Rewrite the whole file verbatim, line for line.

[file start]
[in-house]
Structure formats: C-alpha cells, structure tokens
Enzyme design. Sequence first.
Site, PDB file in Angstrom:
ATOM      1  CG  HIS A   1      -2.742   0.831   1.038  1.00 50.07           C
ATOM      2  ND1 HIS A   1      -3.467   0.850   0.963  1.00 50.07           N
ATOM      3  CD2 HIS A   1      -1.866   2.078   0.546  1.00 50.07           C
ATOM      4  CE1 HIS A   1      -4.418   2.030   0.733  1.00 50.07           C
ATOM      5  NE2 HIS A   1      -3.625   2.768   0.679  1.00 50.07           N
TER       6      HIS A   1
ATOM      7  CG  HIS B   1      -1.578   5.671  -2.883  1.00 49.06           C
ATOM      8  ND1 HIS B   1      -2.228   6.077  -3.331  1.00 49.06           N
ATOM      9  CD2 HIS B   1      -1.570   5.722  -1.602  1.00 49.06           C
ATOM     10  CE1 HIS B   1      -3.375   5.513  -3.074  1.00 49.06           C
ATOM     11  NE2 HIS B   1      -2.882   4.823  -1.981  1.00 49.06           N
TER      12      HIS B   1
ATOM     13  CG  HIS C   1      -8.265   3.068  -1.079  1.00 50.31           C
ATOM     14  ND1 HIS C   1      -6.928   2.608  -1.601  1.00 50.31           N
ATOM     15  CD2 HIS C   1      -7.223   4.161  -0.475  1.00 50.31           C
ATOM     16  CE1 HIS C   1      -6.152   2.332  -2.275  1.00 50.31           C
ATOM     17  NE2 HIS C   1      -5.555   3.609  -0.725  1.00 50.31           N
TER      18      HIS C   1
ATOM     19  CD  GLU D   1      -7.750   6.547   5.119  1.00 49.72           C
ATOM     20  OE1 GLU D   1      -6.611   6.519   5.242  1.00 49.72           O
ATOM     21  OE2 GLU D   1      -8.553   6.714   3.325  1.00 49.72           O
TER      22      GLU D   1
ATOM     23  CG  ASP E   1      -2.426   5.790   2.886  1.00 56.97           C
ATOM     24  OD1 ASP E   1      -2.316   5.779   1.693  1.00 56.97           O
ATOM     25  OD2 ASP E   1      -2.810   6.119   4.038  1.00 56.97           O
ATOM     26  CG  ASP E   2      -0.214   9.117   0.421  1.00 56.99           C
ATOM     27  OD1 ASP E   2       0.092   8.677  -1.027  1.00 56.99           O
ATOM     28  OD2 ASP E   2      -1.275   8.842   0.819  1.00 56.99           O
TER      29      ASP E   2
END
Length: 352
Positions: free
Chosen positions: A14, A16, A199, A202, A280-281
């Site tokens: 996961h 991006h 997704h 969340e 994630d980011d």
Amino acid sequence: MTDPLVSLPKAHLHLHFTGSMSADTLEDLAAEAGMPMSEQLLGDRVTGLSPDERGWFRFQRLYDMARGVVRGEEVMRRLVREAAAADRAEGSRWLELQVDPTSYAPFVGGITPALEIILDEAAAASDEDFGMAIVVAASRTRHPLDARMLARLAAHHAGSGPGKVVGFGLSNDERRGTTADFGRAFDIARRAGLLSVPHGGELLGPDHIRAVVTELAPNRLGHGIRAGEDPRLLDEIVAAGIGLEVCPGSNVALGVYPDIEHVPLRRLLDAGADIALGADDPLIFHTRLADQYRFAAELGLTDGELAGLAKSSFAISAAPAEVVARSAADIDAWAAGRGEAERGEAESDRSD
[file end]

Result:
[in-house]
Structure formats: C-alpha cells, structure tokens
Enzyme design. Sequence first.
Site, PDB file in Angstrom:
ATOM      1  CG  HIS A   1      -2.742   0.831   1.038  1.00 50.07           C
ATOM      2  ND1 HIS A   1      -3.467   0.850   0.963  1.00 50.07           N
ATOM      3  CD2 HIS A   1      -1.866   2.078   0.546  1.00 50.07           C
ATOM      4  CE1 HIS A   1      -4.418   2.030   0.733  1.00 50.07           C
ATOM      5  NE2 HIS A   1      -3.625   2.768   0.679  1.00 50.07           N
TER       6      HIS A   1
ATOM      7  CG  HIS B   1      -1.578   5.671  -2.883  1.00 49.06           C
ATOM      8  ND1 HIS B   1      -2.228   6.077  -3.331  1.00 49.06           N
ATOM      9  CD2 HIS B   1      -1.570   5.722  -1.602  1.00 49.06           C
ATOM     10  CE1 HIS B   1      -3.375   5.513  -3.074  1.00 49.06           C
ATOM     11  NE2 HIS B   1      -2.882   4.823  -1.981  1.00 49.06           N
TER      12      HIS B   1
ATOM     13  CG  HIS C   1      -8.265   3.068  -1.079  1.00 50.31           C
ATOM     14  ND1 HIS C   1      -6.928   2.608  -1.601  1.00 50.31           N
ATOM     15  CD2 HIS C   1      -7.223   4.161  -0.475  1.00 50.31           C
ATOM     16  CE1 HIS C   1      -6.152   2.332  -2.275  1.00 50.31           C
ATOM     17  NE2 HIS C   1      -5.555   3.609  -0.725  1.00 50.31           N
TER      18      HIS C   1
ATOM     19  CD  GLU D   1      -7.750   6.547   5.119  1.00 49.72           C
ATOM     20  OE1 GLU D   1      -6.611   6.519   5.242  1.00 49.72           O
ATOM     21  OE2 GLU D   1      -8.553   6.714   3.325  1.00 49.72           O
TER      22      GLU D   1
ATOM     23  CG  ASP E   1      -2.426   5.790   2.886  1.00 56.97           C
ATOM     24  OD1 ASP E   1      -2.316   5.779   1.693  1.00 56.97           O
ATOM     25  OD2 ASP E   1      -2.810   6.119   4.038  1.00 56.97           O
ATOM     26  CG  ASP E   2      -0.214   9.117   0.421  1.00 56.99           C
ATOM     27  OD1 ASP E   2       0.092   8.677  -1.027  1.00 56.99           O
ATOM     28  OD2 ASP E   2      -1.275   8.842   0.819  1.00 56.99           O
TER      29      ASP E   2
END
Length: 352
Positions: free
Chosen positions: A14, A16, A199, A202, A280-281
């Site tokens: 996961h 991006h 997704h 969340e 994630d980011d």
Amino acid sequence: MTDPLVSLPKAHLHLHFTGSMSADTLEDLAAEAGMPMSEQLLGDRVTGLSPDERGWFRFQRLYDMARGVVRGEEVMRRLVREAAAADRAEGSRWLELQVDPTSYAPFVGGITPALEIILDEAAAASDEDFGMAIVVAASRTRHPLDARMLARLAAHHAGSGPGKVVGFGLSNDERRGTTADFGRAFDIARRAGLLSVPHGGELLGPDHIRAVVTELAPNRLGHGIRAGEDPRLLDEIVAAGIGLEVCPGSNVALGVYPDIEHVPLRRLLDAGADIALGADDPLIFHTRLADQYRFAAELGLTDGELAGLAKSSFAISAAPAEVVARSAADIDAWAAGRGEAERGEAESDRSD